INTERVIEW: What extreme weather and global temperature rise mean for humanity – WMO chief
In a new report analyzing the global climate between 2011-2015, the World Meteorological Organization – the United Nations system’s weather agency – found an increasingly visible human footprint on extreme weather and climate events with dangerous and costly impacts.
This “hot and wild” weather meant that global ocean temperatures rose at unprecedented levels, Arctic sea ice coverage and mountain glaciers declined and surface melting of the Greenland ice sheet continued at above-average levels.
The extreme weather also meant that people around the world suffered from high-impact climate events such as severe droughts in Africa, devastating floods in South-East Asia, terrible heatwaves in India and Pakistan, and catastrophic hurricanes and typhoons in the United States and the Philippines.
Against this backdrop, and within the context of the ongoing 22nd Conference of the Parties (COP22) to the UN Framework Convention on Climate Change (UNFCCC), in Marrakech, Morocco (07-18 November 2016), the United Nations News Centre spoke with Petteri Taalas, Secretary-General of World Meteorological Organization (WMO), on the state of the Earth’s weather and what it means to the people who inhabit the planet.
UN News Centre: The global climate report 2011-2015 confirms that the average global temperature in 2015 has already reached the 1 degree Celsius mark. What does this 1 degree Celsius really mean to people on the ground, say for an office worker in South-East Asia or a farmer in South Africa?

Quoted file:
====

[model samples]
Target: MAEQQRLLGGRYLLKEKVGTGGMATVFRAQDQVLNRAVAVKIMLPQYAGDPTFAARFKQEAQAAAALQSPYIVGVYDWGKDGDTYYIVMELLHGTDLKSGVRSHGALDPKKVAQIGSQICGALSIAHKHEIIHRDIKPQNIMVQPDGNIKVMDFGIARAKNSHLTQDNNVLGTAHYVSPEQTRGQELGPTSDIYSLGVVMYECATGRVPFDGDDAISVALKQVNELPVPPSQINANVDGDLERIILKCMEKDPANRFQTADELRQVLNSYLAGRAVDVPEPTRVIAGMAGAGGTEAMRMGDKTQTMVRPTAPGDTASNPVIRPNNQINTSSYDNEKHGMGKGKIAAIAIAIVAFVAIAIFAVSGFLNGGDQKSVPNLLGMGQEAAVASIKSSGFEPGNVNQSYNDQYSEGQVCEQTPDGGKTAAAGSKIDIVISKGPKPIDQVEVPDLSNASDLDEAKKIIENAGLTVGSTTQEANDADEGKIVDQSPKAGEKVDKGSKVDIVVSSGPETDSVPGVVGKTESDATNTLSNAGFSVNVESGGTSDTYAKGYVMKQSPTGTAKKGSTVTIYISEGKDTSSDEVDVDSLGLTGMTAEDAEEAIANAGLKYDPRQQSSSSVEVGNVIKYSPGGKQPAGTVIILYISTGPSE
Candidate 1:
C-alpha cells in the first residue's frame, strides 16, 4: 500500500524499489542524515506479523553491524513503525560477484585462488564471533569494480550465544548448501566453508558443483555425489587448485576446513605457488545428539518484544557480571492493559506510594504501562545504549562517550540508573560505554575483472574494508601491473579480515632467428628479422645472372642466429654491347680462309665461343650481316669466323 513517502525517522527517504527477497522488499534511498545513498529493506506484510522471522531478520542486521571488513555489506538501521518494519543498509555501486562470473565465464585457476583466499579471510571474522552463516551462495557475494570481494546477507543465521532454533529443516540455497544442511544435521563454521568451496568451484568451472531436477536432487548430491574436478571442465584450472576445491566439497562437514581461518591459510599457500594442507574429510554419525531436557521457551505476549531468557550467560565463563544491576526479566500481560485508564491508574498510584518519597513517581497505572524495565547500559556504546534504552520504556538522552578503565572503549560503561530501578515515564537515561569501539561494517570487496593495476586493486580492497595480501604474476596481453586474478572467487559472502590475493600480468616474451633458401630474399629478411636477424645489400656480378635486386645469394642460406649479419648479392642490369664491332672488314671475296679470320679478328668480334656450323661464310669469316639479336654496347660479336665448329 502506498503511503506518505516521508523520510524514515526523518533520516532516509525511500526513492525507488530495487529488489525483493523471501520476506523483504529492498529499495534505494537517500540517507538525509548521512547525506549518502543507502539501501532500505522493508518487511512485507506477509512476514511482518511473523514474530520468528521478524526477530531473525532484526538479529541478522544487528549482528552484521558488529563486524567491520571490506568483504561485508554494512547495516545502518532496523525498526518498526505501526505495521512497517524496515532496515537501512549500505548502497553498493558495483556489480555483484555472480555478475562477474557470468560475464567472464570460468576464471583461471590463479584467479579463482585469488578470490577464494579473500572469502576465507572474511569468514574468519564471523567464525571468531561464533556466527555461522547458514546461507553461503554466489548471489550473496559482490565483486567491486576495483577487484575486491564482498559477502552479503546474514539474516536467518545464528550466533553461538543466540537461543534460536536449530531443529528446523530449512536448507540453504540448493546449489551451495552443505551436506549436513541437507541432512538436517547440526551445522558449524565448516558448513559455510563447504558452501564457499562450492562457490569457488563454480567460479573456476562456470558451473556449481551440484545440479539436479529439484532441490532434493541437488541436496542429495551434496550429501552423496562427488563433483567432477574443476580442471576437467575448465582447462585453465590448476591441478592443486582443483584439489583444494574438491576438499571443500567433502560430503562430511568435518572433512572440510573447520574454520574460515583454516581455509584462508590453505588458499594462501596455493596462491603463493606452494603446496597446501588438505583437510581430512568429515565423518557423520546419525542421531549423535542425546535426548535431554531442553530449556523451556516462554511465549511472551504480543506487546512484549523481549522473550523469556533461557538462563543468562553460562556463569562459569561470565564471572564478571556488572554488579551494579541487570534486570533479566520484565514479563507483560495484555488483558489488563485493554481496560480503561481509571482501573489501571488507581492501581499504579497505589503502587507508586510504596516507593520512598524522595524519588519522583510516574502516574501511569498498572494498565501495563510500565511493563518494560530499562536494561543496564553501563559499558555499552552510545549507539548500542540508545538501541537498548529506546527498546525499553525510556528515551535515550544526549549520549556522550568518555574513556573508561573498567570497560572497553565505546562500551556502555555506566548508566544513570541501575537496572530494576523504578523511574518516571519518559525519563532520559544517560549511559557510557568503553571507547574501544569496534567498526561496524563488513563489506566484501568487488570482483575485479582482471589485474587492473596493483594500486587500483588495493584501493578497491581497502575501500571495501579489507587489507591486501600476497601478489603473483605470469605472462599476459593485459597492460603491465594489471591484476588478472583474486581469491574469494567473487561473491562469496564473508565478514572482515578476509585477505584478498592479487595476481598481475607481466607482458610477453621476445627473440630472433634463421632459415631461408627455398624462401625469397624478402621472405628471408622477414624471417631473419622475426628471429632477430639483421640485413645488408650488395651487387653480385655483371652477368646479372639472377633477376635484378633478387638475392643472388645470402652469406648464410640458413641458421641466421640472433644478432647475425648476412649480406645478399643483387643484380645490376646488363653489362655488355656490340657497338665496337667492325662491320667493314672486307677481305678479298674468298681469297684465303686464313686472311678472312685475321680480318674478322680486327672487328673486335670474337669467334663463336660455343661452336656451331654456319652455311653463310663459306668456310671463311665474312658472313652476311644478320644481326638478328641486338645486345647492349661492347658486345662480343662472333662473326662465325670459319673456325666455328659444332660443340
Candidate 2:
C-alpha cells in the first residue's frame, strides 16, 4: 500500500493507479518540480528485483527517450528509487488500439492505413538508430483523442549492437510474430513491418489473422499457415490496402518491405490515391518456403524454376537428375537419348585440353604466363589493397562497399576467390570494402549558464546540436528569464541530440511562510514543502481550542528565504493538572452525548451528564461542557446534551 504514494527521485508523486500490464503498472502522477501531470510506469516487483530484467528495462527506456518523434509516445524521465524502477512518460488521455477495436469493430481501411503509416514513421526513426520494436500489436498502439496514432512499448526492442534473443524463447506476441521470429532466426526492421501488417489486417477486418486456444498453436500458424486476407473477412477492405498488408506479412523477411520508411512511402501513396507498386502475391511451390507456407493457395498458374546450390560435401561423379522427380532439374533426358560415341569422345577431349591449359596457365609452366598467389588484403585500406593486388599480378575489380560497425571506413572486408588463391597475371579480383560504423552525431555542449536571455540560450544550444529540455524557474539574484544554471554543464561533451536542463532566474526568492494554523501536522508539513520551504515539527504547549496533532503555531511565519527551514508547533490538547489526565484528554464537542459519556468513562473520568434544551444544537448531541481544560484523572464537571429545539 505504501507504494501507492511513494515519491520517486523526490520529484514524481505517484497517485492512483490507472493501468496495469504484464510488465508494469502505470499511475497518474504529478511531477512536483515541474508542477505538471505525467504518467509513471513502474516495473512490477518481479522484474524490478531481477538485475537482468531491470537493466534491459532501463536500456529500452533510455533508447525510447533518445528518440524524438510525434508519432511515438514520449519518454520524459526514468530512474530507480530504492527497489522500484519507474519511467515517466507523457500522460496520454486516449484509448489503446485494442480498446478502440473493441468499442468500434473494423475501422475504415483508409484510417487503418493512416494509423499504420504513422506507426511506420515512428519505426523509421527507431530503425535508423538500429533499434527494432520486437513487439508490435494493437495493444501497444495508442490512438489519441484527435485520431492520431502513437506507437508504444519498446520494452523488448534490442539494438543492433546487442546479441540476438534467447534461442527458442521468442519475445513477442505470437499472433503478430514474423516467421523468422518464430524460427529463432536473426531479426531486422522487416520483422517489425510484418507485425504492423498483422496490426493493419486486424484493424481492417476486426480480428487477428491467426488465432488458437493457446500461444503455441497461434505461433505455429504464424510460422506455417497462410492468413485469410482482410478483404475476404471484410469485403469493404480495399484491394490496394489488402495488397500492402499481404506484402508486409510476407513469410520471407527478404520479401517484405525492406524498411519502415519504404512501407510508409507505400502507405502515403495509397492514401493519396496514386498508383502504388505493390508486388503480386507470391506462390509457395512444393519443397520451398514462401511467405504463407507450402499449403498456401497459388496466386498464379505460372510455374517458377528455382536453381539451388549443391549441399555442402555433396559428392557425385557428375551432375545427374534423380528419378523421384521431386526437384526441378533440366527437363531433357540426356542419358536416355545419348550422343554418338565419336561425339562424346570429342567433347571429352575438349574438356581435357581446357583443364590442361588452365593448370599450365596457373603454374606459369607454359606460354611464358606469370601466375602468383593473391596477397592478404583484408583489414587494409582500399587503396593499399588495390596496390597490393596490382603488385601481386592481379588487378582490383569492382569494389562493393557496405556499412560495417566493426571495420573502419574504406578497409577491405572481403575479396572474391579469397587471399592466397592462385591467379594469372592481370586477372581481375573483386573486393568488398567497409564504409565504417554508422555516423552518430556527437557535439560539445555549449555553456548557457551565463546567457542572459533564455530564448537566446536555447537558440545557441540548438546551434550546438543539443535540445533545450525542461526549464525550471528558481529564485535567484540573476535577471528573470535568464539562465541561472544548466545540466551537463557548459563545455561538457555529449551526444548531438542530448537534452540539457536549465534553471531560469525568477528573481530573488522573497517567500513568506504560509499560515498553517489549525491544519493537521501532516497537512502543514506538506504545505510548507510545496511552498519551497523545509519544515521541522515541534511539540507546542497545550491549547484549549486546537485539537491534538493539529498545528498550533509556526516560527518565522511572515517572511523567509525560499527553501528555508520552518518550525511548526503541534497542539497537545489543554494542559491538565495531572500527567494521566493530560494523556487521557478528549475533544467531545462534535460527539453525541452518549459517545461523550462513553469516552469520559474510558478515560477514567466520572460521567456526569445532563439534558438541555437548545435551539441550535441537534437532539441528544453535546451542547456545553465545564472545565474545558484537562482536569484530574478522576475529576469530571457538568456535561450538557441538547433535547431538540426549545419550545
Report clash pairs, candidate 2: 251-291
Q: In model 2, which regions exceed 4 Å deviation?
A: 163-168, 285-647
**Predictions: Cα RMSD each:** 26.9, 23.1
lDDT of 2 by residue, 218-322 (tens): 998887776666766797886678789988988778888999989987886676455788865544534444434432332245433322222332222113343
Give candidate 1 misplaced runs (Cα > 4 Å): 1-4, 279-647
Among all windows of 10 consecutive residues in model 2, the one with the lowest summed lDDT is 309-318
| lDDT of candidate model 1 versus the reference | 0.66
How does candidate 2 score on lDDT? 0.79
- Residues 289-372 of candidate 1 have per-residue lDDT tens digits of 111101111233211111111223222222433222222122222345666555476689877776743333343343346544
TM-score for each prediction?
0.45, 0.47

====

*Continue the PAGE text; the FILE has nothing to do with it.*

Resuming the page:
Petteri Taalas: One degree does not sound like a big number if you compare the temperate over a couple of days but globally [over a long period of time] it means that we have seen an increase in the amount of disasters related to the weather. It means that we have observed more heat waves, for example, in Kuwait, the temperature hit 54 degrees Celsius limit last summer and there have been devastating heat waves in many continents.
We have also seen changes in the pattern of rainfall, which means that some areas are now seeing flooding – when it rains, it rains much more — and that led to problems for human beings and also for economies. And then in some parts of the world we have seen more droughts, caused by the heat waves, and leading to forest fires and difficulties in agriculture. For example, at the moment, the southern part of Africa is suffering because of a drought that was partly caused by El Nino last year but also by a drying trend behind it. In tropical zones we have observed more intense tropical storms and they have been devastating for countries like Vanuatu. We also observed the first hurricane hitting Cabo Verde on the African coast.
So this one degree change means that the amount of disasters related to weather and hydrology have been increasing and if it goes beyond that one degree limit – which seems to be the case according to this year’s observations – we can expect to see more of these kind of disasters. And it will have a negative impact on the economies of the countries, and it will also impact the lives and wellbeing of all humans.
UN News Centre: What has caused this dramatic change in temperatures?